New challenges to cybersecurity are emerging when it comes to remote learning and working from home.
Computer experts say it could get worse as more people make the transition if you're not careful.
According to a study by IBM, more than half the U.S. population is working from home since the pandemic began —and a large percentage is expected to continue to do so through the rest of 2020 and beyond.
Many companies may be playing catch-up as they attempt to manage the security risks of rushed remote-work models. Business activities that were once conducted in protected office environments, and monitored under specific policies, have quickly transitioned to new, and potentially less secure territory. The same can be said for schools. That said, experts offer tips on how to avoid falling victim to cyber hacks.
Use company and school issued equipment Scammers are aware that there are more people working from home, so be on guard for what’s known as phishing.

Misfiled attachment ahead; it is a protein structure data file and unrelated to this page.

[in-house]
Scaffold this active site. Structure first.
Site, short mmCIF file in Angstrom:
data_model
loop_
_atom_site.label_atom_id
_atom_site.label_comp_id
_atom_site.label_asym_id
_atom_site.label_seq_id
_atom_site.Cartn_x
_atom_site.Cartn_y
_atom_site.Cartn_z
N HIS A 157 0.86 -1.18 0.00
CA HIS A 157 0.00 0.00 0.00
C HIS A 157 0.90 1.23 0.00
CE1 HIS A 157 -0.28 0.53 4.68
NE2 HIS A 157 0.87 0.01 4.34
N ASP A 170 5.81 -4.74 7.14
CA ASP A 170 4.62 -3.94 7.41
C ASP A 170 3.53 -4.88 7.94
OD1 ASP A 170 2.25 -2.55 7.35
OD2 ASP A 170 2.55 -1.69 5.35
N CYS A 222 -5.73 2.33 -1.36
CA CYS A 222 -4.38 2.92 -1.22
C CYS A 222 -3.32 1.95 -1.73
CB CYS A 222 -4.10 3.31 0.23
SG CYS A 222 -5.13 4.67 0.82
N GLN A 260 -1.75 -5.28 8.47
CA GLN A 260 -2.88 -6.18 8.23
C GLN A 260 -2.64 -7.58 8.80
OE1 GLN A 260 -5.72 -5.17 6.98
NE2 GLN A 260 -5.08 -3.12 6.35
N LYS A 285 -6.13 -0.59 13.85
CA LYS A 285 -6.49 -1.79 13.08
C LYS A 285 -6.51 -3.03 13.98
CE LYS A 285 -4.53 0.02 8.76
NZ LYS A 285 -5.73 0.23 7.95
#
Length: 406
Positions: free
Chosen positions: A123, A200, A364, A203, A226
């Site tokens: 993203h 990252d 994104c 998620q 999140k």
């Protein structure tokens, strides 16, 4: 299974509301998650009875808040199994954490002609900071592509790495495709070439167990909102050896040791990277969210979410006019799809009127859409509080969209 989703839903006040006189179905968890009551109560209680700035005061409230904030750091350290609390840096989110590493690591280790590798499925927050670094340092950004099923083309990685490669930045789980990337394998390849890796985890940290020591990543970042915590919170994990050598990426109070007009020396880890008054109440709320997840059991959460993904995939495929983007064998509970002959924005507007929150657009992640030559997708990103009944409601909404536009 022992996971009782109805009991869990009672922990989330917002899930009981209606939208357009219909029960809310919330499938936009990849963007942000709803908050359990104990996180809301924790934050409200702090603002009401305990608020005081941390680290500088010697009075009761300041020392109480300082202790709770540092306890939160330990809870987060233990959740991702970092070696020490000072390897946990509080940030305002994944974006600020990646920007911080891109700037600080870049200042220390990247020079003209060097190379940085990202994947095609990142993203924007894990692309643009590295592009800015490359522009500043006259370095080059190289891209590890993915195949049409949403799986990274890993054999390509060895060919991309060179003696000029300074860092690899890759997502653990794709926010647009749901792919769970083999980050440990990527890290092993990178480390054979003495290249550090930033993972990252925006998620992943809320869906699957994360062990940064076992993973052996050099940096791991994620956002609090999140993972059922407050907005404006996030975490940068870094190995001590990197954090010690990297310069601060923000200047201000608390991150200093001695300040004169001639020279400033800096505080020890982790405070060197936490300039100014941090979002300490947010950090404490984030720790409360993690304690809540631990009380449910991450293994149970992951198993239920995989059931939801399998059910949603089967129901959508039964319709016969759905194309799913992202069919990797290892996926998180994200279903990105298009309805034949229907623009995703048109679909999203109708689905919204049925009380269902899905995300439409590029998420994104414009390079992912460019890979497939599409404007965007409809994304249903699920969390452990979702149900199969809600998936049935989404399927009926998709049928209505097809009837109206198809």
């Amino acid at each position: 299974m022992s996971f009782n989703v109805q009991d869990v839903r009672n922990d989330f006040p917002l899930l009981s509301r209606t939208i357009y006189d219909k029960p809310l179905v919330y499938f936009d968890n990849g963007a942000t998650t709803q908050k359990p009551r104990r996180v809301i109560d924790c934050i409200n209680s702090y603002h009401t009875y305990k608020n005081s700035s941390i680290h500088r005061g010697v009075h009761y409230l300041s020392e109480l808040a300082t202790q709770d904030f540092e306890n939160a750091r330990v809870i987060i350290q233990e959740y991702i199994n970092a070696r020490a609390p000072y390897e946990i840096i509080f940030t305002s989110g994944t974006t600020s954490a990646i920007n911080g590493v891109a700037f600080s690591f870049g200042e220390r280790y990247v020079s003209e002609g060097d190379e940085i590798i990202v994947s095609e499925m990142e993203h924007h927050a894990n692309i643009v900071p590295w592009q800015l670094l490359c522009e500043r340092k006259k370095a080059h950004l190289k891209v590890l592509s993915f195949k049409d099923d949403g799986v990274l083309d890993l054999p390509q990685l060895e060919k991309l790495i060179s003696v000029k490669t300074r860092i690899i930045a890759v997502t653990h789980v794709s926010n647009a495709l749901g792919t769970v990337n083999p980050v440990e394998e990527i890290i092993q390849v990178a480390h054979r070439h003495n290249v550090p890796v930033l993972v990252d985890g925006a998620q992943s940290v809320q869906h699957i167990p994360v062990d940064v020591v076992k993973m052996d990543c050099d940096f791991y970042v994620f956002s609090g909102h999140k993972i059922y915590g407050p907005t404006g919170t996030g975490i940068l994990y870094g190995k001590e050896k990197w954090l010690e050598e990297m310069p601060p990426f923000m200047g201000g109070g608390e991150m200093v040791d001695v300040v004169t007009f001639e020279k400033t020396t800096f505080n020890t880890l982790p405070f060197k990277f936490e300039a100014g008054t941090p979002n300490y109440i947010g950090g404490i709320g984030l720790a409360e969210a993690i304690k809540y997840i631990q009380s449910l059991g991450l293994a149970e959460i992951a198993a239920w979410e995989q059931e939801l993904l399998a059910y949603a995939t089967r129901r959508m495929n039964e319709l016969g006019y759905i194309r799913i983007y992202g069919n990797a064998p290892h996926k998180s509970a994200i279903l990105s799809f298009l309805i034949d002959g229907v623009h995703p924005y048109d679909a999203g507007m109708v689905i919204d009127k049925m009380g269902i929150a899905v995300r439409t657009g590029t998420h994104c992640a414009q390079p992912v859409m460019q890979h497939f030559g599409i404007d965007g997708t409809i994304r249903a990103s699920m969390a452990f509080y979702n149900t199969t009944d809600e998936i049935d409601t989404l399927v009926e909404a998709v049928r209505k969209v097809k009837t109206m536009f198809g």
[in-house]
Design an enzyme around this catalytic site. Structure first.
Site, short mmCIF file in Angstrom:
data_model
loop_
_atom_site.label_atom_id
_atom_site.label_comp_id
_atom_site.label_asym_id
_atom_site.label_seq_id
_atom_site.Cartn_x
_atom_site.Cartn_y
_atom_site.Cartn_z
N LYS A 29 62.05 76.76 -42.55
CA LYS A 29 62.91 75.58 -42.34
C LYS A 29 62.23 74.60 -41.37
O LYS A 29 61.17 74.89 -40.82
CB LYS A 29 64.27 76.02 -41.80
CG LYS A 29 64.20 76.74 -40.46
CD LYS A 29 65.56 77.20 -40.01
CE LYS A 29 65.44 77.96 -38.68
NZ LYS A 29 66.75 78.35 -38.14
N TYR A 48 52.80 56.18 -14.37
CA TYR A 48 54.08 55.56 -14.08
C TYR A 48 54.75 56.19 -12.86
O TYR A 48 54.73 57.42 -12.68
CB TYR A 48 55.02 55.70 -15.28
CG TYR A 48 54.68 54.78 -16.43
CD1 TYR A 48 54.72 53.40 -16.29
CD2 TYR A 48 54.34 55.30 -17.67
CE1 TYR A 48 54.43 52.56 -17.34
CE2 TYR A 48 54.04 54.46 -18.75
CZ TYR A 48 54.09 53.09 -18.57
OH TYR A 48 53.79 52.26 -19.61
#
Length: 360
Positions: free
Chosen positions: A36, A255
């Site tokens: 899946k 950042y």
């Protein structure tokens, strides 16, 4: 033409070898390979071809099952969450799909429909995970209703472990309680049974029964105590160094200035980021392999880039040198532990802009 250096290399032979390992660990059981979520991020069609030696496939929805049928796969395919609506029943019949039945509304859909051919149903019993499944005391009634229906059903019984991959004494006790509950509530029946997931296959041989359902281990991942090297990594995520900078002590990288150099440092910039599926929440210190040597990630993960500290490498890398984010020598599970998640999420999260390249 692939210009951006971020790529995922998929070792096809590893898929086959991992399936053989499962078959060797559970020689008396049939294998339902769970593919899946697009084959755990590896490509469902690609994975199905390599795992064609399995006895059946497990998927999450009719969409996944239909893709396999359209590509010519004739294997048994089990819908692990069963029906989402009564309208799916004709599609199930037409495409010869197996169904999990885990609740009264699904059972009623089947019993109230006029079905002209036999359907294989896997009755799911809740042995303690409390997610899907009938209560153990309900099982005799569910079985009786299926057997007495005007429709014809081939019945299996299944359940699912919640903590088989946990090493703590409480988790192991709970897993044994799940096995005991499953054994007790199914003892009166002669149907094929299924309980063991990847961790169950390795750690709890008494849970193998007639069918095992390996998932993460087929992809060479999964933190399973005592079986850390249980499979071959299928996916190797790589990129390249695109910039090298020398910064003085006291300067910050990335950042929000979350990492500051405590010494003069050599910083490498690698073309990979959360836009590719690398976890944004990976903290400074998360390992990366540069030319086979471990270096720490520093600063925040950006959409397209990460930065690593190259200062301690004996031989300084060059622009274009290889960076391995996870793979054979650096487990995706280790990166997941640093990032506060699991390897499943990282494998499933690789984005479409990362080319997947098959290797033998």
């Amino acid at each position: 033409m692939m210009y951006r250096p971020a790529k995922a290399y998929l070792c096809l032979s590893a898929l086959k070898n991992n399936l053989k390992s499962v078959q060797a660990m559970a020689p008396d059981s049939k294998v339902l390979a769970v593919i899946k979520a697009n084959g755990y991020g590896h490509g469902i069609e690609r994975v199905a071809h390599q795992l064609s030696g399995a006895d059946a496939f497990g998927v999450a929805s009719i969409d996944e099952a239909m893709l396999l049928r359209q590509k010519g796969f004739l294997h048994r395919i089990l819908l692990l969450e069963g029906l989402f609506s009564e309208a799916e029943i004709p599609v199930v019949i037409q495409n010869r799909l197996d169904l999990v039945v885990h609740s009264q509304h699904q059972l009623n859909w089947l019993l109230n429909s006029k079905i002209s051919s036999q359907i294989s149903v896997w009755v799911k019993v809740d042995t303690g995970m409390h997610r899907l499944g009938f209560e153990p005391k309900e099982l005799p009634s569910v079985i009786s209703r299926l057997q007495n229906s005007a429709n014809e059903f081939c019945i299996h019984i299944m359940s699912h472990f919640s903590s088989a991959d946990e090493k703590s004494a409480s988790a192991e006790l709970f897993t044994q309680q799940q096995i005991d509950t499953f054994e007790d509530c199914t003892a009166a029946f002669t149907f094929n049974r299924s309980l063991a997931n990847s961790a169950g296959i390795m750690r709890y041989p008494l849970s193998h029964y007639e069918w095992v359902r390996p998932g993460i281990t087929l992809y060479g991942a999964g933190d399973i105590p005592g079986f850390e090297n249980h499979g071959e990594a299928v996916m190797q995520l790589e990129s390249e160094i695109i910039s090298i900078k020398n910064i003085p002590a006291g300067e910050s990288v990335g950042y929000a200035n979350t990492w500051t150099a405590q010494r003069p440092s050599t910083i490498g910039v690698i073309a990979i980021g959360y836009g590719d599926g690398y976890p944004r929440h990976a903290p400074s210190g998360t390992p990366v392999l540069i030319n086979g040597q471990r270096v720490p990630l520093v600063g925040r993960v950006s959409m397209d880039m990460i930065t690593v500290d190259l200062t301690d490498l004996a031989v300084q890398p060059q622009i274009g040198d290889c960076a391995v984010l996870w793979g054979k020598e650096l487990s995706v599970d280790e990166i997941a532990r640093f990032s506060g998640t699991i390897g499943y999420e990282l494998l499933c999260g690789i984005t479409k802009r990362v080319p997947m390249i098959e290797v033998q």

Adjust student control settings to track usage, limit access and prevent students from adding applications to their accounts.
Apply software updates to stop hackers in the tracks.
Be careful of what you install If you do install software, experts say make sure it comes from a reputable source.
Keep personal and work devices separate mixing business with please can make you more susceptible to cyber hacks.
Last, but not least, only go to websites you trust. When in doubt, look for the lock icon in your browser. That means you’re good to go.